State Sen. Brian Hughes (R-Texas) was interviewed by NTD on Tuesday about his recent endeavors to fight big tech censorship.
Hughes said that he believes having vigorous free dialogue on social media is very important. He described it as the new public square since people now have limited access to physical public squares.
"Right now we have an oligarchy, we have a small group of people in San Francisco who want to control everyone's speech. That's why this is so important," said Hughes.
In order to hold the tech giants accountable, the bill would allow citizens legal recourse if they are de-platformed or censored.
According to the bill, anyone in Texas who has their First Amendment rights violated by big tech companies can go to court and request a declaratory judgement. Then the person can demonstrate how they have been discriminated against and subsequently obtain an order to allow them to get back online.
"If you're in Texas and you're punished for your speech, this gives you the chance to go immediately to court and show the judge what's happening and get a declaratory judgement and in order for them to put you back online. It should be a quick process and a process available to every Texan," Hughes said.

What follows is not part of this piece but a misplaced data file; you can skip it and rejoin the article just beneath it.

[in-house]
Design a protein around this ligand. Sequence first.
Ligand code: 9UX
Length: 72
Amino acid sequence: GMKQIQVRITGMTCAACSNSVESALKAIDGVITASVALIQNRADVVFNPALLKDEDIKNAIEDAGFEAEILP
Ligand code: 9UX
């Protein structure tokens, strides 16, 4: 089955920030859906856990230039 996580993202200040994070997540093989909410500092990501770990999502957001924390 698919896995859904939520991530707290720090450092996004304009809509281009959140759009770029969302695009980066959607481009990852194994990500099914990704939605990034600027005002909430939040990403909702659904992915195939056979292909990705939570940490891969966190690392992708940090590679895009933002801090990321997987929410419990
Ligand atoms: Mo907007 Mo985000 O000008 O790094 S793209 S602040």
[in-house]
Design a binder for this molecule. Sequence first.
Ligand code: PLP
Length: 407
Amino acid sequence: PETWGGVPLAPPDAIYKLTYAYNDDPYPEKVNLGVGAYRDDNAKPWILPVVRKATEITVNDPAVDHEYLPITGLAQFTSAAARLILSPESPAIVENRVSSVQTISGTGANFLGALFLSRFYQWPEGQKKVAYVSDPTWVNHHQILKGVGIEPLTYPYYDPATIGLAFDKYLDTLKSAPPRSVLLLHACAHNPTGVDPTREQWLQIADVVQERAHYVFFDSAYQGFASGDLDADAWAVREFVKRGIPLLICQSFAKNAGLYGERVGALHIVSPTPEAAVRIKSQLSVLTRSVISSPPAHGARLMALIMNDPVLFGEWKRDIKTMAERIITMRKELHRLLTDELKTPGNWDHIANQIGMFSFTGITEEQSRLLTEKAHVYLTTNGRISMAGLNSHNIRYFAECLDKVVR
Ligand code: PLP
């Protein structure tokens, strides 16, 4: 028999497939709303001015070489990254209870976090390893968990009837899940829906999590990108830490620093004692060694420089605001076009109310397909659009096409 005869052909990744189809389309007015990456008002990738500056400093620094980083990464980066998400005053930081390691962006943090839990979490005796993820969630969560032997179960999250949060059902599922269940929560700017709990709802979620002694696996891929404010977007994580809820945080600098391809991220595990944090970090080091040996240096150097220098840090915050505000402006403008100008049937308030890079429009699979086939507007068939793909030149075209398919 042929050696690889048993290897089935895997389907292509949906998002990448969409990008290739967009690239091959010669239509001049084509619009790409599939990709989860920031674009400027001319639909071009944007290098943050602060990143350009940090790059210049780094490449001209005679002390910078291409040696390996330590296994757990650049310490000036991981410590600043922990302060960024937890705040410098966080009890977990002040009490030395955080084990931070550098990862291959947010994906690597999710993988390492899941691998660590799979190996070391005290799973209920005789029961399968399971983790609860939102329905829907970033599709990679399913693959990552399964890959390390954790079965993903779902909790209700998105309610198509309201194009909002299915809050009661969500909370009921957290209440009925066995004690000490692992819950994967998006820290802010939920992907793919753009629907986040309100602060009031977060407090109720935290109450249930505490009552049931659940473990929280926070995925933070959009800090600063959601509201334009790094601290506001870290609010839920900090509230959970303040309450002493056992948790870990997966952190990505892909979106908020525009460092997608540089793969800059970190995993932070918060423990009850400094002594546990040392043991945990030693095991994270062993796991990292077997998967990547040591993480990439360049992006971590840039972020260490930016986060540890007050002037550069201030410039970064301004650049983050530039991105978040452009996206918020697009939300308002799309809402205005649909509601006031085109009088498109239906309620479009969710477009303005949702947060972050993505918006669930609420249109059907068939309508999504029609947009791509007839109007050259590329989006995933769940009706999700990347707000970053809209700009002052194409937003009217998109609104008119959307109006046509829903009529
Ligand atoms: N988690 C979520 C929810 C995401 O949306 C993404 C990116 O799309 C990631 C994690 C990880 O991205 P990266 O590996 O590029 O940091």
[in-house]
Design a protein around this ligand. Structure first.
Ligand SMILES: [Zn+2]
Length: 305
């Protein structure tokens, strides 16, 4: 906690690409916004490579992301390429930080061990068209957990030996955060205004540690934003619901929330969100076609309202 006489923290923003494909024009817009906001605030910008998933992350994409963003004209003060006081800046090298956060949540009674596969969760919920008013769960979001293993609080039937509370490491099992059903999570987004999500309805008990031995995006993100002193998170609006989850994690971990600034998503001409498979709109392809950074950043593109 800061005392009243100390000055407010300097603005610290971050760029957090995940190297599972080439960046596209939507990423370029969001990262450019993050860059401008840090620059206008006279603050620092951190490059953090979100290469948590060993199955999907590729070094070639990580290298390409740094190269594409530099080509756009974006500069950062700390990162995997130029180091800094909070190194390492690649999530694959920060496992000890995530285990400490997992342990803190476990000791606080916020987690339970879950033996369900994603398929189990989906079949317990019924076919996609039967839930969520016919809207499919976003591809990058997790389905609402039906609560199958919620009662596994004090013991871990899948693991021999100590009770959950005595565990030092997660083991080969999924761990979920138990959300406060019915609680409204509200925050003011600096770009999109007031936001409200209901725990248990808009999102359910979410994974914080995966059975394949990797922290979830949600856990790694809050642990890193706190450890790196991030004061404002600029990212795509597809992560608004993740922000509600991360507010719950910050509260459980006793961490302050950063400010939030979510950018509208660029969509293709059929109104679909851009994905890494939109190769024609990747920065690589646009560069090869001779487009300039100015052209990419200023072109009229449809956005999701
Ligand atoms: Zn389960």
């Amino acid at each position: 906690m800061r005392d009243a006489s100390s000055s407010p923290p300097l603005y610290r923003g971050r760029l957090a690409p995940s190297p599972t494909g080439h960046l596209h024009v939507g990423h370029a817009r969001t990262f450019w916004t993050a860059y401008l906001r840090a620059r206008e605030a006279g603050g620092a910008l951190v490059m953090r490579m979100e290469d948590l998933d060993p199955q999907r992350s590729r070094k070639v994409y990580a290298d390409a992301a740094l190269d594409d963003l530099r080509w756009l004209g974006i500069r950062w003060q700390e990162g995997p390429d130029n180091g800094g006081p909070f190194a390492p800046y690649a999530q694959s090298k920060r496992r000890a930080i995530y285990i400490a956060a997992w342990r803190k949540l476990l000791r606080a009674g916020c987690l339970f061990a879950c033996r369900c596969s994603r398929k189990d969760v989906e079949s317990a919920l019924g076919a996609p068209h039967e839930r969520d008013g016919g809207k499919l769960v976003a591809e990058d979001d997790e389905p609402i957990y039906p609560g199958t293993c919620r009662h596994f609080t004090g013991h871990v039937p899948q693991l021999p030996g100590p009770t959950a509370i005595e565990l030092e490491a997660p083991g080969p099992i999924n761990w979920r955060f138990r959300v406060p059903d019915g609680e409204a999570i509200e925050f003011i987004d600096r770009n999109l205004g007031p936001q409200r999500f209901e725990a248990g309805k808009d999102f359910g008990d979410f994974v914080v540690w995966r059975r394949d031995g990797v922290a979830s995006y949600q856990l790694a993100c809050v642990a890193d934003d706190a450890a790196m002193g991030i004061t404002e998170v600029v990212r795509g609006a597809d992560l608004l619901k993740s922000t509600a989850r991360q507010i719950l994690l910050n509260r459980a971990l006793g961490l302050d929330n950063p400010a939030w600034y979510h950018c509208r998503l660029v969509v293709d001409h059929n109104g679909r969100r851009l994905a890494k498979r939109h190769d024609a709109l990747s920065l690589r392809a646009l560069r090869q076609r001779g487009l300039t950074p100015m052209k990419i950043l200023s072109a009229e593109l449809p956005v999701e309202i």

"When every Texan who's being punished by Big Tech just for their views, when every Texan has the right to do this, we think this is going to get their attention from all across Texas."
Hughes is very optimistic in regards to the bill. He said that their team is very strong and sharp, and is prepared to take the fight to court.
"We know we're going to be sued if we pass this bill. Facebook is going to take us to court. Facebook and Google and Twitter have armies of lawyers and lobbyists who will be fighting us on this. But we're on the right side, the law is on our side. Yes, we expect to see this bill passed, put in place, and protecting Texans' free speech," Hughes said.
Hughes said that this problem "cries out for a federal solution," but that they can't wait for it. He believes this bill will thread the needle to get past federal limitations and will serve as a model for other states to do the same.
The Florida legislature is also working on a new measure to penalize technology companies that de-platform a candidate during an election. They will face a daily fine of $100,000 until the candidate’s access to the platform is restored.
The bill will also empower the Florida Attorney General to bring action against big tech companies under Florida’s Unfair and Deceptive Trade Practices Act if they violate the new policies laid out in the bill.
“Floridians should have the privacy of their data and personal information protected, their ability to access and participate in online platforms protected, and their ability to participate in elections free from interference from big tech protected,” said Florida Gov. Ron DeSantis.